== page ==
On New Year's Eve a handful of us gathered in the Meditation Shelter near midnight, having walked there under a starlit, velvet sky. The shelter was aglow with candles and and firelight. There we welcomed the new year, "full of things that have never been.", as Chardin says. We shared poems, songs, quiet, and a few thoughts, of which this was one:

Like every year since the dawn of time, 2013 had its flashes of joy and shadows, its rushing fountains and still waters, its melodies and haunting silences. On this mountain, we said good bye to Vivian, and welcomed Kate, Josh, Emma and Ana. We lost the little cat Shadow, buried Merlin and Jasmine, and were found by puppy Erin. We lost some chickens and gained some sheep. We abandoned whole sections of the garden to weeds, putting faith in a spring redemption, and planted lettuces in the reclaimed eco-barn. We fearfully dipped our toes in the well of Bob and Jackie's leaving, and basked in the warmth of rekindled fires and exquisite young homemaking at Deerspring. We cried in the dark and danced under the moon.

Personally, for each one of us, there were babies born, and a brother lost; a wedding and a funeral; illness and wellness; and a myriad of numinous moments and hard edges in between.

This morning I opened a note from a Friends of Silence subscriber. She is a calligrapher and cardmaker, and on the front she had inscribed in flowing script these words from Teilhard de Chardin:

We imagine the Divine
as distant and inaccessible,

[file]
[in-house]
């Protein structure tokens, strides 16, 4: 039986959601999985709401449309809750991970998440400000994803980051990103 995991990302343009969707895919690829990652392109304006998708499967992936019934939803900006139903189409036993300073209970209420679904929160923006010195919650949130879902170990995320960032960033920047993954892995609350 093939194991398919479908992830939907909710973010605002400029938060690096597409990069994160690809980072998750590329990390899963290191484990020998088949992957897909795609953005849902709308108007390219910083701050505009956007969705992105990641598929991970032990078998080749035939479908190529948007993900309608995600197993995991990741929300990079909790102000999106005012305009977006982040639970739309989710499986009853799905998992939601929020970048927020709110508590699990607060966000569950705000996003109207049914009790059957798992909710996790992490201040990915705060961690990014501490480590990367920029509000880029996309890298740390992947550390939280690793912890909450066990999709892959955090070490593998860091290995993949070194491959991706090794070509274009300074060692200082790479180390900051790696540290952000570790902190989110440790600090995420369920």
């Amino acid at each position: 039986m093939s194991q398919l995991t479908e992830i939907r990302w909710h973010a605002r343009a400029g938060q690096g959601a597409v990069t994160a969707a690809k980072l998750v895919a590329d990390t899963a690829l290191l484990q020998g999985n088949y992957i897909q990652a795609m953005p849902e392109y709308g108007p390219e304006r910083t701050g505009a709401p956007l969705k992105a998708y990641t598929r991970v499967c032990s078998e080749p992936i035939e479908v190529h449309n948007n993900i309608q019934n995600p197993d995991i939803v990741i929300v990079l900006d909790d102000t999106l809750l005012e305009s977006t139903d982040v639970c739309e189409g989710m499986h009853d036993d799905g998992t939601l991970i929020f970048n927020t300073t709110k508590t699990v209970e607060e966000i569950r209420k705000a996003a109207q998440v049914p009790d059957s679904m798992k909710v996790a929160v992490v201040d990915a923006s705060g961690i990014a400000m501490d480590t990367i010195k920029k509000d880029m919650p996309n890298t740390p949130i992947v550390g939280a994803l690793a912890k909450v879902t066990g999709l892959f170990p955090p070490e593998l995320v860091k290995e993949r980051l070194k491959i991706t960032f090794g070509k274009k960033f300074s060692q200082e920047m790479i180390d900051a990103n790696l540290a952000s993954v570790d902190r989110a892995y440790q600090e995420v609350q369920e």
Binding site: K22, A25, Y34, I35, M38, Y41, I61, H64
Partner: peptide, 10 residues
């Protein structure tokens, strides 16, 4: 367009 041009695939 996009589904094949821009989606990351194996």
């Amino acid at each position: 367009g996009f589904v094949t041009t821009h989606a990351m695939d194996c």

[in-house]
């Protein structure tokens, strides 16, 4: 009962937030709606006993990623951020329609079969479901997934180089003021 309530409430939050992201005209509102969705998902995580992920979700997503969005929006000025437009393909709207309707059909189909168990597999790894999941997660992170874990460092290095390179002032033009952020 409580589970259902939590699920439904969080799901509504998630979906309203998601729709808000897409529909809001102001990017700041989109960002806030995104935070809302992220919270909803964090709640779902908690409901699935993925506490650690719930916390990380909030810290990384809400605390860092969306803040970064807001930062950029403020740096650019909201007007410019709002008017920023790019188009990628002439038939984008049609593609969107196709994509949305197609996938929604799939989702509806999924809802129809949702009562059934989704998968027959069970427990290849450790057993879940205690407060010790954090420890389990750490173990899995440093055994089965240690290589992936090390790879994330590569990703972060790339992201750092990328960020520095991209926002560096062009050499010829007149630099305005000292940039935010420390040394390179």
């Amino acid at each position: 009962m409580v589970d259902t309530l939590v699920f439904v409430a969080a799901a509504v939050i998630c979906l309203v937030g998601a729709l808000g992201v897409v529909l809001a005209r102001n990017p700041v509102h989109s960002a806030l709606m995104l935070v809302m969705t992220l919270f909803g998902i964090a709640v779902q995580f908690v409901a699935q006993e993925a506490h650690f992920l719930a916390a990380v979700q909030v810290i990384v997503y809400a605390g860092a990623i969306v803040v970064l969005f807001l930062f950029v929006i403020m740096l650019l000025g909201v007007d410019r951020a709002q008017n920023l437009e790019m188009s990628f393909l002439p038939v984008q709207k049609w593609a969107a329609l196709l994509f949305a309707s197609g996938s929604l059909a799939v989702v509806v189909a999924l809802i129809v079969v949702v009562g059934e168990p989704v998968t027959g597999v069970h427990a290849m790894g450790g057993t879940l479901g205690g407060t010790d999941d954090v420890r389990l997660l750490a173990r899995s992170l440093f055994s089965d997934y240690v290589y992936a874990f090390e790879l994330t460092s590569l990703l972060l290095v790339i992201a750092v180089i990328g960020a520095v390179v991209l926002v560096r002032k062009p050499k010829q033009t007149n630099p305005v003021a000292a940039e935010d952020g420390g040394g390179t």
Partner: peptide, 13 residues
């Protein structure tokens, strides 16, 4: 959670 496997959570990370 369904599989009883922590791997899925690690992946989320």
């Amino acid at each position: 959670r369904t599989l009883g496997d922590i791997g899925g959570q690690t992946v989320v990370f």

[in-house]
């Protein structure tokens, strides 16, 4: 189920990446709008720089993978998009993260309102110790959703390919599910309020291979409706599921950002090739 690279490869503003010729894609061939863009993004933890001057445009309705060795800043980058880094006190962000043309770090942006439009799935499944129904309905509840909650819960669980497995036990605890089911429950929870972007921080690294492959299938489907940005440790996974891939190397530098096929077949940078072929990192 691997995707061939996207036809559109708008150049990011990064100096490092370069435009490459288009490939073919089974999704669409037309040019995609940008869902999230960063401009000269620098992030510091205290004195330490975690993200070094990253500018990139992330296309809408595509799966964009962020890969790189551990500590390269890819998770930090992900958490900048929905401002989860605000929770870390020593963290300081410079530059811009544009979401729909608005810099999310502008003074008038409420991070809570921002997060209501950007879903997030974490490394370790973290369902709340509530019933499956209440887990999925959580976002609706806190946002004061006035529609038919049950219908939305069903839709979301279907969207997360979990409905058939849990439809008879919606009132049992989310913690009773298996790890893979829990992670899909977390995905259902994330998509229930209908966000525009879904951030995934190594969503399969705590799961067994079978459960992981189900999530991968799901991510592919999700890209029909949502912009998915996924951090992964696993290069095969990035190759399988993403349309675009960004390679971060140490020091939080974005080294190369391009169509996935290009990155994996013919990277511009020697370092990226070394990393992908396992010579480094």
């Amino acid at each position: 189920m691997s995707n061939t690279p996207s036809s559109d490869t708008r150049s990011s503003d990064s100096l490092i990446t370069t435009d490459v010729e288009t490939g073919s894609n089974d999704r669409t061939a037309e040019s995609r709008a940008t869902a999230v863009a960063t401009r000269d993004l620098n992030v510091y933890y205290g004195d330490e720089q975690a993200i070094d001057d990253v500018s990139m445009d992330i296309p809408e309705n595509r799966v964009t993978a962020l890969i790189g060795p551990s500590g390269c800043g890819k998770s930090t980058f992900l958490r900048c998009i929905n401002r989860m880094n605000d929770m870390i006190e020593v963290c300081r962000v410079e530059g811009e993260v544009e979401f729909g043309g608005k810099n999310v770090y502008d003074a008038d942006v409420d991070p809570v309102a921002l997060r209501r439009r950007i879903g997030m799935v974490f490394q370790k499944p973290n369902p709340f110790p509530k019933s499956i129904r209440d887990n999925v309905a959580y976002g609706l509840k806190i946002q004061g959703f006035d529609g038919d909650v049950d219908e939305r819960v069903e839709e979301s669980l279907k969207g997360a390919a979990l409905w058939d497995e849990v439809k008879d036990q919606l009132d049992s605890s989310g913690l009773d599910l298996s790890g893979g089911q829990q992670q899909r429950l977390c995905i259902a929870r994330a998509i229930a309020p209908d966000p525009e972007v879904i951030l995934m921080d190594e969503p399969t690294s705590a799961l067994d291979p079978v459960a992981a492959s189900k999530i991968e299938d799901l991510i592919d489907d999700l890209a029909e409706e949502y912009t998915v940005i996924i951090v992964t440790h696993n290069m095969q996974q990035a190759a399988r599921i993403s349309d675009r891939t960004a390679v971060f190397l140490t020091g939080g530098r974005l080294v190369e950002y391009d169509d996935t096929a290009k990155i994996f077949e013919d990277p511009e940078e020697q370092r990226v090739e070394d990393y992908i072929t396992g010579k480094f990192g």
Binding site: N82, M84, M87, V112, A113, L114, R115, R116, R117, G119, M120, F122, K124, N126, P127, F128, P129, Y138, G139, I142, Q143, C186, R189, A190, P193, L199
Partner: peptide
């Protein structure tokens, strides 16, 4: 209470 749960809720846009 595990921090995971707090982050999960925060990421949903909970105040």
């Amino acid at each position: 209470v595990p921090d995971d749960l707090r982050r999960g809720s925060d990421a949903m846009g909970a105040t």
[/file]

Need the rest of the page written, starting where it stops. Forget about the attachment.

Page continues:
whereas in fact
we live steeped
in its burning layers.

I spend a bit of time just walking around out here, lately with Erin for a companion; and quite a lot of time driving up and down gravel Mission Road as well. I'm not a very sensate person, nor given much to scrutiny. But I have managed to notice shifts in the quality of light among the trees as the seasons pass. Late summer is thick, like green sea water; September into October is crystalline and gold; and now, now is perhaps my favorite...the light is nearly horizontal, backlighting the trees, sending their shadows slanting over the crumbled leaves or pale snow. It's lying down, like a blanket over the earth, gently resting before the ascent begins again to the summer zenith. This is what it was doing as Billy and I drove in this afternoon, returning from errands in Charles Town.

So I wonder about these layers of the Divine, this Something that wraps itself round and round the Earth, that filters through the trees, that lays itself down time and again over the stony ground. Chardin would say, I suppose, that it covers every hand waving goodbye as the moving van heads west to Oregon; every woman stirring soup to welcome snowed in Advent retreaters in her new home; every head bowed in a funeral mass; every young couple making vows in a green grove in Virginia; every slippery newborn placed in her daddy's arms...all of it.

Now that's a thought for the New Year.